You might think circuit training is something you'd do in a gym, but circuits in an aircraft are almost as much work. I had an initial go of circuits about six months ago, on a day when the cloud was too low for anything else. Back then, I hadn't learned any of the manoeuvres, so it was very hard work and the circuits were far from neat. This time, I knew how to fly all the manoeuvres independently, but my instructor warned me it would be quite different. When you learn to climb, descend, and turn, it's all with reference to the moving air: you turn onto a particular compass heading, and fly everything by airspeed. In the circuit, everything is in relation to the runway on the ground. It's no use flying with your nose lined up with the runway if the wind is blowing you sideways. And because the wind can be different between the ground and 1000 ft (circuit height), you can't plan how much you need to correct for it: you have to keep one eye on the runway and keep making adjustments to your heading to stay on track.
A quick terminology note: heading is the direction the aircraft is pointing; track is the path it traces out over the ground. So if the wind comes from the east (090°), and your heading is direct north (360°), your track will be somewhere north-west (say 340°), depending on how strong the wind is. Through the air, you're going the direction the aircraft is pointing, but the air is moving right-to-left over the ground and carrying you with it.For the first circuit, my instructor demonstrates everything, describing his actions as we go. As soon as he lands, he gives control to me, and I begin the take-off roll for the second circuit. In the briefing we'd agreed that I would be in control up to the final approach, and he would complete the landing; also that he would run the radio this time so I could concentrate on the flying.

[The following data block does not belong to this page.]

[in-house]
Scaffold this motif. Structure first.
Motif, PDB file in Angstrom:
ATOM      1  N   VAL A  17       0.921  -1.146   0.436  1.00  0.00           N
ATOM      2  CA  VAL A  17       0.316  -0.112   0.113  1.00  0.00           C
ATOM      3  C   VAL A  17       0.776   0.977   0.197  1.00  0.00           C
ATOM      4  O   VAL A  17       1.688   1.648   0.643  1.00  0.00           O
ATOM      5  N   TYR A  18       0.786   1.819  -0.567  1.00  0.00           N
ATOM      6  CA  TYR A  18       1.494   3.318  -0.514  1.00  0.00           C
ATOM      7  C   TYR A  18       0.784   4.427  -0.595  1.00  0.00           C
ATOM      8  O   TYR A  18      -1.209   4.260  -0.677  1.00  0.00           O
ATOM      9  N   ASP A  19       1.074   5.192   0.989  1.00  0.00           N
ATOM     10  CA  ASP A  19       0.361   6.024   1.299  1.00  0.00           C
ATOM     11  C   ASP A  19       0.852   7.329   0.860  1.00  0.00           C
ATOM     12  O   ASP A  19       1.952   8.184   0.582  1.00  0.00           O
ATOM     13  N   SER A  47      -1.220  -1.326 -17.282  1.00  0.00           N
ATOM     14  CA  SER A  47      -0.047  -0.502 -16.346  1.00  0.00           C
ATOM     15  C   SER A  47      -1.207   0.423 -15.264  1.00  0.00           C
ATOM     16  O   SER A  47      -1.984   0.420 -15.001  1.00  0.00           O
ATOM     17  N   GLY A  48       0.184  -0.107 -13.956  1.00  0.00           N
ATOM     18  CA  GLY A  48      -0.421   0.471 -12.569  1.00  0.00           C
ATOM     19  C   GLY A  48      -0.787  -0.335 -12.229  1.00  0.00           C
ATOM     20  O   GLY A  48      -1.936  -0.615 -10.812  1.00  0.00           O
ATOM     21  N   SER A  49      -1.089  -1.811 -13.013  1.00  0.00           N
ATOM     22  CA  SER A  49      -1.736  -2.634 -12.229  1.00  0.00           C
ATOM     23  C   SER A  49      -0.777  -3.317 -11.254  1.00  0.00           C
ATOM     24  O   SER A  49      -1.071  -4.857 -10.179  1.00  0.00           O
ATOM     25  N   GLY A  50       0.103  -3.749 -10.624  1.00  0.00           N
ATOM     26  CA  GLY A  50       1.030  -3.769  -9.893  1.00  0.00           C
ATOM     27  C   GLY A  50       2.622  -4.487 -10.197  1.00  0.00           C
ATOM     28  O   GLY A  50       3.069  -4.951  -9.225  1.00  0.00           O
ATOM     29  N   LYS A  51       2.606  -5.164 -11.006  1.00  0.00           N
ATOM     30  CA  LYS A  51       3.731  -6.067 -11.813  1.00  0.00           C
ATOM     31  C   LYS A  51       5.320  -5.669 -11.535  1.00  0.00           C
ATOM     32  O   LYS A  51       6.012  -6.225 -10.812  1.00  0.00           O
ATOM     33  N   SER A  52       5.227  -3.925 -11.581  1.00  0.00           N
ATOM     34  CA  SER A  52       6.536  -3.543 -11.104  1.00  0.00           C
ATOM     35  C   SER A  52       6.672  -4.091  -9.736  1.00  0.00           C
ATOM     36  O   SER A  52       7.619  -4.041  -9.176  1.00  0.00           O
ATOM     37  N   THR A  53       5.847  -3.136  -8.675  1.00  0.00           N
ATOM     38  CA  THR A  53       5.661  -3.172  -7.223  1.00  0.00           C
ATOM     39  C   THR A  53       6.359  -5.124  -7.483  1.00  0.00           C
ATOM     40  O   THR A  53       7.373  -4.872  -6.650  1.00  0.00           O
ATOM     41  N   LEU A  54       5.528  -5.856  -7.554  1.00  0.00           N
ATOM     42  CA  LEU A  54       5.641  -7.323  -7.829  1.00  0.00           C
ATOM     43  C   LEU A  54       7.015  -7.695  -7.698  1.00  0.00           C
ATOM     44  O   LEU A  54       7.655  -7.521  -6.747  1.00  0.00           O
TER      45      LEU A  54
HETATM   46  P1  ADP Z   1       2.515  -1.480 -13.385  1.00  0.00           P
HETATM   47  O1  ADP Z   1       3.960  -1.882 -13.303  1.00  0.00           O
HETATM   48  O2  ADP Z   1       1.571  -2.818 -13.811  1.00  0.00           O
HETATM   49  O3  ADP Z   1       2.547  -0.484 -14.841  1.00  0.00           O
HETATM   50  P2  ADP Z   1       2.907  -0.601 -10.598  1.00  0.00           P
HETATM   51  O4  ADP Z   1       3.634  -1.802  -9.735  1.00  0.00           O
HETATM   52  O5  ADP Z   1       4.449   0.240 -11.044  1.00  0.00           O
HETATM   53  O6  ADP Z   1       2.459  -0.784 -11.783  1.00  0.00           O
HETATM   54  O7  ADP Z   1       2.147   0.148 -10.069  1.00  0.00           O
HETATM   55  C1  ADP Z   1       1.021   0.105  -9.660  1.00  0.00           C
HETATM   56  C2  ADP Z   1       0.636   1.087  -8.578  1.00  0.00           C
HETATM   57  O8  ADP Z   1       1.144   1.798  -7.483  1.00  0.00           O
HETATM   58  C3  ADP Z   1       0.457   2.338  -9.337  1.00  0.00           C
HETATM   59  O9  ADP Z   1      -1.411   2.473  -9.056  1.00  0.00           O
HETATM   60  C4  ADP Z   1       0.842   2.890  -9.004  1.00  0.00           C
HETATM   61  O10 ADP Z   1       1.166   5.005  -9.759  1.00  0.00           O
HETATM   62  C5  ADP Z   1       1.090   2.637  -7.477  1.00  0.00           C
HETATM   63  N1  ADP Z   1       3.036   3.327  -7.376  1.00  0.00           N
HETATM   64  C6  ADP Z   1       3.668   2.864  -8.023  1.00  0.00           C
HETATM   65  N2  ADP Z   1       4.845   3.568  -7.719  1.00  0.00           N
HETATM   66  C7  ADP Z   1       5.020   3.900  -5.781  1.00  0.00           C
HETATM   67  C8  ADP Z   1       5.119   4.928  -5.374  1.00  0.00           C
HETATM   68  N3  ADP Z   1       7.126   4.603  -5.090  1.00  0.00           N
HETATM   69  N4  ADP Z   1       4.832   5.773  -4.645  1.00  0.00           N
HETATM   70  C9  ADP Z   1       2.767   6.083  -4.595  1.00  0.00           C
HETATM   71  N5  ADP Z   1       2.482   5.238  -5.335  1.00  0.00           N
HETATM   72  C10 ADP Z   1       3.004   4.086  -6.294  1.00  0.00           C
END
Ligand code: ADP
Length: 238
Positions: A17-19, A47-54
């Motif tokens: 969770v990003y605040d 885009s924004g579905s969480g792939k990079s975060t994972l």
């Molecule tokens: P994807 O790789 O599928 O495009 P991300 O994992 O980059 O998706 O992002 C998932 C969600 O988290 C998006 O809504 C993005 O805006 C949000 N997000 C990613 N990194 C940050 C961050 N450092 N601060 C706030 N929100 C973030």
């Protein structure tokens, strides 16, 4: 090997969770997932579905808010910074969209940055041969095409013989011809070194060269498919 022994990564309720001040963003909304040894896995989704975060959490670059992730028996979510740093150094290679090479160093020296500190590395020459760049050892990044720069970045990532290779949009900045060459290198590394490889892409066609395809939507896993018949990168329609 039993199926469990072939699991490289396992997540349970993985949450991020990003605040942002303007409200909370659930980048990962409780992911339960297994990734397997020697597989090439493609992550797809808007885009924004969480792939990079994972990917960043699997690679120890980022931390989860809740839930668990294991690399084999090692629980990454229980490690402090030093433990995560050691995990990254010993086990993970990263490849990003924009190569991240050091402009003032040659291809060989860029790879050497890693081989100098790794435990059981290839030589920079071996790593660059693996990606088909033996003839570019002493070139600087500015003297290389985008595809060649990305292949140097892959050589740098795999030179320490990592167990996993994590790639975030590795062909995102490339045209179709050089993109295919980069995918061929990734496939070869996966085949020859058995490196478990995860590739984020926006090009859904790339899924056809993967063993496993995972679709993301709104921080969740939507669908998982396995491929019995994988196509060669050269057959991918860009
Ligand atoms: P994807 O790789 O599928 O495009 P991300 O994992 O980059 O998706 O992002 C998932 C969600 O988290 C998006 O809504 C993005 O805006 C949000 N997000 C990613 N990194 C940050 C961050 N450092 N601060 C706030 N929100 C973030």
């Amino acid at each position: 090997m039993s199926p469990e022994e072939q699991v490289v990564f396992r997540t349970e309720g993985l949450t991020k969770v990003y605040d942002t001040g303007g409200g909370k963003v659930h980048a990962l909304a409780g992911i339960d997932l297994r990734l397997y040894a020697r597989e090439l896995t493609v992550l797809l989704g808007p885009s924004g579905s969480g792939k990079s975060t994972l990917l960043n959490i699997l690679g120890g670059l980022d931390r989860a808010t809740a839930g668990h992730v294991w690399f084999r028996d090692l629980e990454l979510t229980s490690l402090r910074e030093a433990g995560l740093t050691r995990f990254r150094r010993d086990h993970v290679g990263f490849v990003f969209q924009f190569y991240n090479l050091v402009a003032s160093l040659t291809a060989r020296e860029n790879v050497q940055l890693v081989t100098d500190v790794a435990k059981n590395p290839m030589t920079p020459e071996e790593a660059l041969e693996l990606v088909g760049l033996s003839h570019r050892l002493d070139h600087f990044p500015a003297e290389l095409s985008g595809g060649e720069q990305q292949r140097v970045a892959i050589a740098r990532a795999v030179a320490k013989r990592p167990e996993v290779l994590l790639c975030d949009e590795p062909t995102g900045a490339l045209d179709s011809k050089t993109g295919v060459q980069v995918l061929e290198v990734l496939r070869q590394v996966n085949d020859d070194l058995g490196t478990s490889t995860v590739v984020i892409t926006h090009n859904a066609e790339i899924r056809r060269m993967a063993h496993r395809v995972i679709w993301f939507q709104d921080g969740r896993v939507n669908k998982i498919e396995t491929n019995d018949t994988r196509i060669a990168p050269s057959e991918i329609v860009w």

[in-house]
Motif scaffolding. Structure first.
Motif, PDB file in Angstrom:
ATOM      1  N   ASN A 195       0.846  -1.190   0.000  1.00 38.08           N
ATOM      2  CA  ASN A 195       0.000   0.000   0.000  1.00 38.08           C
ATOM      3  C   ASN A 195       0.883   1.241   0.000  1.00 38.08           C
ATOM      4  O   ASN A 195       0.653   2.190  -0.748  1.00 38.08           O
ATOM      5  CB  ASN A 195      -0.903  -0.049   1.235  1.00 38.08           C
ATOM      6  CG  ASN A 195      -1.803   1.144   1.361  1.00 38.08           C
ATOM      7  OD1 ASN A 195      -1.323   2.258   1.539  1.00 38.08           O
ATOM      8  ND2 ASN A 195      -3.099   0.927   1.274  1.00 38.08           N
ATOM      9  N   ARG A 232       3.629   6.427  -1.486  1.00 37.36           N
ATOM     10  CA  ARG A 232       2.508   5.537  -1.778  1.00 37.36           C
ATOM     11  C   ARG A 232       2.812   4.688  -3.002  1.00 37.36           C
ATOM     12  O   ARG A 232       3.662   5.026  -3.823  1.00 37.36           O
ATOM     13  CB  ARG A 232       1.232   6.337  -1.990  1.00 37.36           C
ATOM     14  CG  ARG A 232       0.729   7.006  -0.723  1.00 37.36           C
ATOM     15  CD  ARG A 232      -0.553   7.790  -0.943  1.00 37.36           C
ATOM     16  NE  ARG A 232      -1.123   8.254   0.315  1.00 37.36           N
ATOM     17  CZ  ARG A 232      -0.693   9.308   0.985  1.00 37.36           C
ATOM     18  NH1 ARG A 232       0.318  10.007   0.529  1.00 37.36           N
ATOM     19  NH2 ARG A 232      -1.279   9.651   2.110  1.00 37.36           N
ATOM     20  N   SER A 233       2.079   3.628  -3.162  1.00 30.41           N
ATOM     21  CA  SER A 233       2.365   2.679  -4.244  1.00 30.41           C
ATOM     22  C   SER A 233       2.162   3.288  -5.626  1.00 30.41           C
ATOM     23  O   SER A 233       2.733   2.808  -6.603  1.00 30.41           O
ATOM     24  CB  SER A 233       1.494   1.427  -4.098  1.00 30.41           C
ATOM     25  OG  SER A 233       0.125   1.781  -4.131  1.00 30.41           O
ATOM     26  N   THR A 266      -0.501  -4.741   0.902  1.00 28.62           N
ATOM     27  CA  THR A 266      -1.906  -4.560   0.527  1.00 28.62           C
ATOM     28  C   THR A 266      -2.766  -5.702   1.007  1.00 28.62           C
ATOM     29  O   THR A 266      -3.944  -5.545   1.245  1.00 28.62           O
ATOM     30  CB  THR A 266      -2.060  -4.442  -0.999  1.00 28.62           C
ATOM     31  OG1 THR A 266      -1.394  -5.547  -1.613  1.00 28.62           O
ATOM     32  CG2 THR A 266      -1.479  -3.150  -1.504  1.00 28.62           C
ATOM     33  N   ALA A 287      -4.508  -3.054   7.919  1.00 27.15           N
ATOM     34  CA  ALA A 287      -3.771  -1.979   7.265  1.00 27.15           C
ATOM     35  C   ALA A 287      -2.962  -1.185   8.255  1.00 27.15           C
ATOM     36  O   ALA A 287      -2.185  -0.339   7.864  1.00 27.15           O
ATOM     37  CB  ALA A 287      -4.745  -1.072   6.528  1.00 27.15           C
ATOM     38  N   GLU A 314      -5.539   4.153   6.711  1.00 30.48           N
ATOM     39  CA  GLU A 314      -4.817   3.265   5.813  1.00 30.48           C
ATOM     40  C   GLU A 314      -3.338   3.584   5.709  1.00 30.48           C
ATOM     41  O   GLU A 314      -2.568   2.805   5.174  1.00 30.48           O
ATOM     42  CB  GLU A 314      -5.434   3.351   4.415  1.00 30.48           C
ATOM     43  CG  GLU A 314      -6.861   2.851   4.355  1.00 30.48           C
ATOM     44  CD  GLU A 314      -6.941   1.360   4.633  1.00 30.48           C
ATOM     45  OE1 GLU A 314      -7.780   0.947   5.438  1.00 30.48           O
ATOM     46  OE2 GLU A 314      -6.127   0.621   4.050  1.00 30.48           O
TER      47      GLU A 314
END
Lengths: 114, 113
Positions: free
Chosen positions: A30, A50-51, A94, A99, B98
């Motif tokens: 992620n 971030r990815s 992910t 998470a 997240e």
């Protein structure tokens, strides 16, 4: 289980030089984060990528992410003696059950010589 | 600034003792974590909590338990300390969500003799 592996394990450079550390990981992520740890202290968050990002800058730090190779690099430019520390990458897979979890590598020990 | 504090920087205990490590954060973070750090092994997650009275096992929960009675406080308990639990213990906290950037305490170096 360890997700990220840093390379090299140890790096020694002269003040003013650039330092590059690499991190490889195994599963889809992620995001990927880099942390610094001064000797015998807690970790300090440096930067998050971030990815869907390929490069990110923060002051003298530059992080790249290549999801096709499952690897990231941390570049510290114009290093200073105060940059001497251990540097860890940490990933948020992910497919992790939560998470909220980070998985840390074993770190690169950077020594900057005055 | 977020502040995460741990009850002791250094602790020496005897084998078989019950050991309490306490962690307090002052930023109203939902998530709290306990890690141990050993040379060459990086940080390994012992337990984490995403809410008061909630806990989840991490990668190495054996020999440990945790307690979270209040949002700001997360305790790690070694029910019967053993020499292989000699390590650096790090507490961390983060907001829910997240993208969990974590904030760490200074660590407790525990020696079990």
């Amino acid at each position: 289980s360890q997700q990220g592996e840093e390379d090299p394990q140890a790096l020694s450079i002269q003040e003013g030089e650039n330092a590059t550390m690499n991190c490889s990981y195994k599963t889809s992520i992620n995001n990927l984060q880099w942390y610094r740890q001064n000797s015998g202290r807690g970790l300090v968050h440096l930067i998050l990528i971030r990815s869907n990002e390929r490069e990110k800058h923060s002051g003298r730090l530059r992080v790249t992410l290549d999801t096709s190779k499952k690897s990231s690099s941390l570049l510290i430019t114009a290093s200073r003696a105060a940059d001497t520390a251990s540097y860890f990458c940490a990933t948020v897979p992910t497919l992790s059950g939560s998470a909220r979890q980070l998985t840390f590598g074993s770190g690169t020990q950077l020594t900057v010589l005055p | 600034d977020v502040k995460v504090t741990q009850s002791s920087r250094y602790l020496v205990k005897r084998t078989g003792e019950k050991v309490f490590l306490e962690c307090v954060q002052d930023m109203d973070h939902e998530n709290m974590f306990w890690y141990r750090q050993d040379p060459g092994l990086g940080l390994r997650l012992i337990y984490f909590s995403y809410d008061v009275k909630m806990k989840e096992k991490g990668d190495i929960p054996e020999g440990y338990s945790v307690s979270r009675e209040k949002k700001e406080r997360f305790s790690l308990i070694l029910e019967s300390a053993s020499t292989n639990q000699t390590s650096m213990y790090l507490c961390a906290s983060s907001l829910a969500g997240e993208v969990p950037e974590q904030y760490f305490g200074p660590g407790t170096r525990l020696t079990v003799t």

Starting from the white star on the diagram (and going clockwise), I open the throttle and we accelerate along the runway. It's a lot easier to keep it straight now I've done it a few times. Even so, as the tail starts to lift, I feel as if we're going to tip up and hit the propeller on the ground, so I keep holding the stick back. This makes the take-off run longer than it needs to be, but soon enough we're airborne and climbing out. There's a tiny bit of cross-wind, so I have to steer a little to the right to stay in line with the runway as we cross Newmarket Road.
|The offending throttle lever, including the friction nut which holds it in place.|
The track for the elevator trimmer is just visible at the bottom.